A female hiker was discovered deceased in Montana, near Yellowstone National Park, following a suspected encounter with a grizzly bear. She has been identified as Amie Adamson, a 48-year-old resident of Derby, Kansas. The tragic incident occurred on the Buttermilk Trail, close to the town of West Yellowstone, and prompted an investigation by Montana Fish, Wildlife and Parks. Authorities found wounds consistent with a bear attack and tracks from an adult grizzly bear and at least one cub in the vicinity. The investigation is ongoing, and no bears or signs of a daybed or animal carcass were found at the scene.
The Gallatin County Sheriff’s Office confirmed that Adamson was an avid hiker and often ventured onto the trail in the early morning. The bear attack, however, did not appear to be predatory. The cause of her death was determined to be exsanguination due to a bear mauling, with the manner of death ruled as accidental.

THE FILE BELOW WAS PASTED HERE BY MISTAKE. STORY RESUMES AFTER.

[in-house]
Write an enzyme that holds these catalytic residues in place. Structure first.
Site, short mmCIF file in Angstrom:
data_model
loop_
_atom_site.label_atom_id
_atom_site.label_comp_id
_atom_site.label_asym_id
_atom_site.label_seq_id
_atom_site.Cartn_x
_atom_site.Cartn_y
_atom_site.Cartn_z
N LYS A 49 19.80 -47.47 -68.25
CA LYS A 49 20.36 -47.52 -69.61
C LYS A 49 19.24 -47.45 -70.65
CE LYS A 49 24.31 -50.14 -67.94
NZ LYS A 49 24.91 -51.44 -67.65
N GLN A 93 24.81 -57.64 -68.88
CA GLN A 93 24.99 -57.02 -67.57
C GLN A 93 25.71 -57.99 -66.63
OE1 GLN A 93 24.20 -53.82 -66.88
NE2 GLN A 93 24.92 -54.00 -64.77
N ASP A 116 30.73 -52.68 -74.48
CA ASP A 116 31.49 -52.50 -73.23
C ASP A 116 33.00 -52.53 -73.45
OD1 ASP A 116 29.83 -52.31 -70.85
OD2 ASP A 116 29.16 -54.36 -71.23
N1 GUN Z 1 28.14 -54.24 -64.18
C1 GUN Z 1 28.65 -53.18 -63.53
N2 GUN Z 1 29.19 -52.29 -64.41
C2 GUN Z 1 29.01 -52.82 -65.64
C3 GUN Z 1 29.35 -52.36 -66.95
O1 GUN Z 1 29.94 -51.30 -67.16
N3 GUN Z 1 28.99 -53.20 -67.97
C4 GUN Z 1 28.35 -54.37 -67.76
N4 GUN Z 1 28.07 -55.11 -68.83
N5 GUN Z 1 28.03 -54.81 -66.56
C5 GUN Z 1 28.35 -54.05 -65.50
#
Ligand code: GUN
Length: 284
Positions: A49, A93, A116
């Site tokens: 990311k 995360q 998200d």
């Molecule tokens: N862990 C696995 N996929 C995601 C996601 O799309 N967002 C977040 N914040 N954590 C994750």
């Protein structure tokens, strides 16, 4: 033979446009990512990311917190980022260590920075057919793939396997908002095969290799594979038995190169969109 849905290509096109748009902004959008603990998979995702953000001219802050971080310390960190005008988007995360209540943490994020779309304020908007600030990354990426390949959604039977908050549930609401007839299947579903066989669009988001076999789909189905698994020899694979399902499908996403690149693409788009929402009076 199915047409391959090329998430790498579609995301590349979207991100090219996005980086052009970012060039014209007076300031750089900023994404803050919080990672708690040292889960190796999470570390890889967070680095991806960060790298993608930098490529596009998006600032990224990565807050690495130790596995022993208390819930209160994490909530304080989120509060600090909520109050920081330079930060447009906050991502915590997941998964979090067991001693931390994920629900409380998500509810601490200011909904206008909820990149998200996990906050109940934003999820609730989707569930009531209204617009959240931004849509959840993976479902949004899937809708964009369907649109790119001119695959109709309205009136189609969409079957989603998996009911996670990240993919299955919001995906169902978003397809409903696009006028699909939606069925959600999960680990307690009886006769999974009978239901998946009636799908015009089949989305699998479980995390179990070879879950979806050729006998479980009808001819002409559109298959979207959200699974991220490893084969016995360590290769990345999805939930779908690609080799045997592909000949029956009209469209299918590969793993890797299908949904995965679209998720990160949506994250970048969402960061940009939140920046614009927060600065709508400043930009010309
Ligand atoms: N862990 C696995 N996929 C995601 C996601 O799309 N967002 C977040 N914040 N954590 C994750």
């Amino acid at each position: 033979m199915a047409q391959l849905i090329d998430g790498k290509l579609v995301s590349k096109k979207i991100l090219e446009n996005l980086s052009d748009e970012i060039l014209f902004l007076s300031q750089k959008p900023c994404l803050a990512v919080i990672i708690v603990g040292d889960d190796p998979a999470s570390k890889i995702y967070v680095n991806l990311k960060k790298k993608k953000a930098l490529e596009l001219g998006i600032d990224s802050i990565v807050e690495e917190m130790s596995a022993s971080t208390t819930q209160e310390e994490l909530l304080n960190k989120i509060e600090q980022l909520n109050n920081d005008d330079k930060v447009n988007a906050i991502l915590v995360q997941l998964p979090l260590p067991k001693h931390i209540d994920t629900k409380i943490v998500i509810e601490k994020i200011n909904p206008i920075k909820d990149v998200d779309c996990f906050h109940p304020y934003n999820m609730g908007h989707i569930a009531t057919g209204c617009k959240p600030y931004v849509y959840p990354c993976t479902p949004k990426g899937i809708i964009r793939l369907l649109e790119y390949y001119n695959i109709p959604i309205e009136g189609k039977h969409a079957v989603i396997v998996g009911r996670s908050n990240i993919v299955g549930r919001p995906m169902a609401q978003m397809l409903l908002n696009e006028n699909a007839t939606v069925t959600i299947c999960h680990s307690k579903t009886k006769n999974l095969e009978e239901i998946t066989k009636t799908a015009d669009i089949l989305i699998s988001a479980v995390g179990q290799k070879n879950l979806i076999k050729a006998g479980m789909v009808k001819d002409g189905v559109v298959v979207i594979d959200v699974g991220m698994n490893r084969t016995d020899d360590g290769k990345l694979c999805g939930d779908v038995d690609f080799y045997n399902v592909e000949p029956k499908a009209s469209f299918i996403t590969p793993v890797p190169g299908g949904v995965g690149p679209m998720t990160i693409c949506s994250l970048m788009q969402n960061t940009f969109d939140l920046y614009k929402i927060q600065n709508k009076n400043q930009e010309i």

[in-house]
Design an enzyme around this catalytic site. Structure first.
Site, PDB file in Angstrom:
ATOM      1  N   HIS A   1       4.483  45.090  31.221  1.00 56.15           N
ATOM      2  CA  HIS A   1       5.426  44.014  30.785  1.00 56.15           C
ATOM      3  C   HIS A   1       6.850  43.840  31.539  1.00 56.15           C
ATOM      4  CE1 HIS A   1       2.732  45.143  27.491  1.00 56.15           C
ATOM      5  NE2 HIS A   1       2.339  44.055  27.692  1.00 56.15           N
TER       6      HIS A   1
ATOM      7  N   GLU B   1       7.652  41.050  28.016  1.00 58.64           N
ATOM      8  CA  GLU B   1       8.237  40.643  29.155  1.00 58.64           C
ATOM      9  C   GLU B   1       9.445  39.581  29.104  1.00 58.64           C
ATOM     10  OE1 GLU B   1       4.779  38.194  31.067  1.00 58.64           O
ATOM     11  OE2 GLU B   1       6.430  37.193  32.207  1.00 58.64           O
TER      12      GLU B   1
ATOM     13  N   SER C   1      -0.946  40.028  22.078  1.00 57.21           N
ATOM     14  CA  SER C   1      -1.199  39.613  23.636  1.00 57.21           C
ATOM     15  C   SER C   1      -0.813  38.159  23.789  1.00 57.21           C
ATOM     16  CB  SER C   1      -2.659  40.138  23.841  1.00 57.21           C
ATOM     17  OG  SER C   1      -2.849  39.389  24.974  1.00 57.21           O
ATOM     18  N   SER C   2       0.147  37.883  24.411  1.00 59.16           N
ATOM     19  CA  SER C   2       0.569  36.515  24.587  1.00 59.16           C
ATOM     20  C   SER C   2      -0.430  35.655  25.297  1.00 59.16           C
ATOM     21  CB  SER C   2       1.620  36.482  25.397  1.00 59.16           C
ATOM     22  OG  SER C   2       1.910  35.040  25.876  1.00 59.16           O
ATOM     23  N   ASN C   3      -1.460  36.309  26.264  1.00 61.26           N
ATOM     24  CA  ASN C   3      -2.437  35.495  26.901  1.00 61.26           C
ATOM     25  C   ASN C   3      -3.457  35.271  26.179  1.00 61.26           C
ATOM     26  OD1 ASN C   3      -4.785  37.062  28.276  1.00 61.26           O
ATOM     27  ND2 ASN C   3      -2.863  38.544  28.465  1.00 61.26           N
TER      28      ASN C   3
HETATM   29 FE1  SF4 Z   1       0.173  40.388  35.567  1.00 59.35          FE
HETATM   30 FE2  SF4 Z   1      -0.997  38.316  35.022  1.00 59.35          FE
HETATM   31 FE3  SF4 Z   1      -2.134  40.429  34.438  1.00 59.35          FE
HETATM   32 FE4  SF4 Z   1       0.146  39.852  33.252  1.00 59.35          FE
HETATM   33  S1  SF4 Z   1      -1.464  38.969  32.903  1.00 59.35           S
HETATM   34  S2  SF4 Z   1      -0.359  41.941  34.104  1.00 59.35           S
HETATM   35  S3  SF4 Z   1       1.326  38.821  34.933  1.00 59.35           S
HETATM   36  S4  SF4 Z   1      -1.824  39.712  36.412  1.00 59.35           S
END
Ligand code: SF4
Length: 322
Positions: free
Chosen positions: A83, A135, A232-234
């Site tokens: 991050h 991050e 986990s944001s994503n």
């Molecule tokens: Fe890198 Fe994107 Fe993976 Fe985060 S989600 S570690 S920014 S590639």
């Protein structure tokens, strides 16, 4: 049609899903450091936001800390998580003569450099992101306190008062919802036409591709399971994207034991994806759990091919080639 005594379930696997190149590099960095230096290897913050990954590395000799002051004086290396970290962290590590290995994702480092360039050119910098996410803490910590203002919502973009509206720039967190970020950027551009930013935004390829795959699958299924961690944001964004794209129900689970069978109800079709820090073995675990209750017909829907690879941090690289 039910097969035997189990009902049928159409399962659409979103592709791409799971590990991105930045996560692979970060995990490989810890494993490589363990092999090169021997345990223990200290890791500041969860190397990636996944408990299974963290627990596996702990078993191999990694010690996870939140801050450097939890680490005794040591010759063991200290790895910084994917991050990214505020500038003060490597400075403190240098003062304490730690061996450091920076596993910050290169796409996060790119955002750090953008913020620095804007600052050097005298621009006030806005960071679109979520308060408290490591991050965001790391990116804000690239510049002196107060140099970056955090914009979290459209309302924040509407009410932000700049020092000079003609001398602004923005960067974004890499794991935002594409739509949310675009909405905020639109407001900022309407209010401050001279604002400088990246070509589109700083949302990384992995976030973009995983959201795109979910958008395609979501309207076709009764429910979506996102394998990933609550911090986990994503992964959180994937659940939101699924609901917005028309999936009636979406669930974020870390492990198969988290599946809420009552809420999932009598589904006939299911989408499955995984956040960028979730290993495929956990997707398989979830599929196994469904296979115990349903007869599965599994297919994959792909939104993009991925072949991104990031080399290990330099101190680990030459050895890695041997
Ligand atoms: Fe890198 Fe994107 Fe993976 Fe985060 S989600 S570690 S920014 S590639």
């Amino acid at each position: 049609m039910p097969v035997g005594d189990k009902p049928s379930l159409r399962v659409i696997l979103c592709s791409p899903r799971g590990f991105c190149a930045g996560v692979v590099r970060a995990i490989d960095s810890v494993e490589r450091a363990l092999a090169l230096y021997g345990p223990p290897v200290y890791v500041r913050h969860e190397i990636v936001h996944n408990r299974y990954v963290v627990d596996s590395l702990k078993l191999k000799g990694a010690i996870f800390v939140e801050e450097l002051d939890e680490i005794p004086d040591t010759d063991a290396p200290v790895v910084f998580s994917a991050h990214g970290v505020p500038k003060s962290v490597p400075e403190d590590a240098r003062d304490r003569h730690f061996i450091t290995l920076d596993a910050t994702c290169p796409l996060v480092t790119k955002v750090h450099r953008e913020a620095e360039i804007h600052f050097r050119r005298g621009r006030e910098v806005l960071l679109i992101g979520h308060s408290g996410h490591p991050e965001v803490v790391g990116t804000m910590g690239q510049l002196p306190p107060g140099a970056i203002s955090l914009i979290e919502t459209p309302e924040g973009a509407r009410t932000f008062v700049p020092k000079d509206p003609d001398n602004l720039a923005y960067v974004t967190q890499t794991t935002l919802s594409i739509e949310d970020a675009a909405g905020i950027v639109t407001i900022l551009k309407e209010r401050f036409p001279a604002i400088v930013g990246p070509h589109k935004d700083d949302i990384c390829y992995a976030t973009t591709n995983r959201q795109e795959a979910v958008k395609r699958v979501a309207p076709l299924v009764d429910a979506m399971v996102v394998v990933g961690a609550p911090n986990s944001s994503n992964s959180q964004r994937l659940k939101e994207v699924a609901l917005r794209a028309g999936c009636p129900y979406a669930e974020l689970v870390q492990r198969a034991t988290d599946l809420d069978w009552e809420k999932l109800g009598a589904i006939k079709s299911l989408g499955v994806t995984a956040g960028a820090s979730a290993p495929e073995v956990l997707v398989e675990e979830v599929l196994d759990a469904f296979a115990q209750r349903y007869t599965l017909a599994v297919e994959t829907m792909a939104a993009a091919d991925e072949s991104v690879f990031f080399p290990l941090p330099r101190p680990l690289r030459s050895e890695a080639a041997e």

Amie Adamson, the author of the book “Walking Out: One Teacher’s Reflections on Walking Out of the Classroom to Walk America,” is remembered for her adventurous spirit. She had been an English teacher for twenty years before embarking on a 2,200-mile backpacking journey across half of the United States in 2015.
Montana Fish, Wildlife and Parks highlighted that Adamson did not possess bear spray, a recommended deterrent for individuals exploring bear-populated areas. The Buttermilk Trail is frequented not only by hikers but also by ATV riders and other off-road enthusiasts. In response to the bear activity, officials from the Custer Gallatin National Forest temporarily closed the area as a precautionary measure. Efforts to capture the bears have been underway, but as of Monday afternoon, no bears had been captured.
Montana has witnessed an expansion in its grizzly bear population in recent years. As a result, it is crucial for outdoor enthusiasts to be well-informed about bear safety measures. Montana Fish, Wildlife and Parks advises individuals to carry bear spray, travel in groups during daylight hours, and be vigilant for signs of bear activity. These signs of the presecnce of a bear include scat, diggings, torn-up logs, and partly consumed animal carcasses.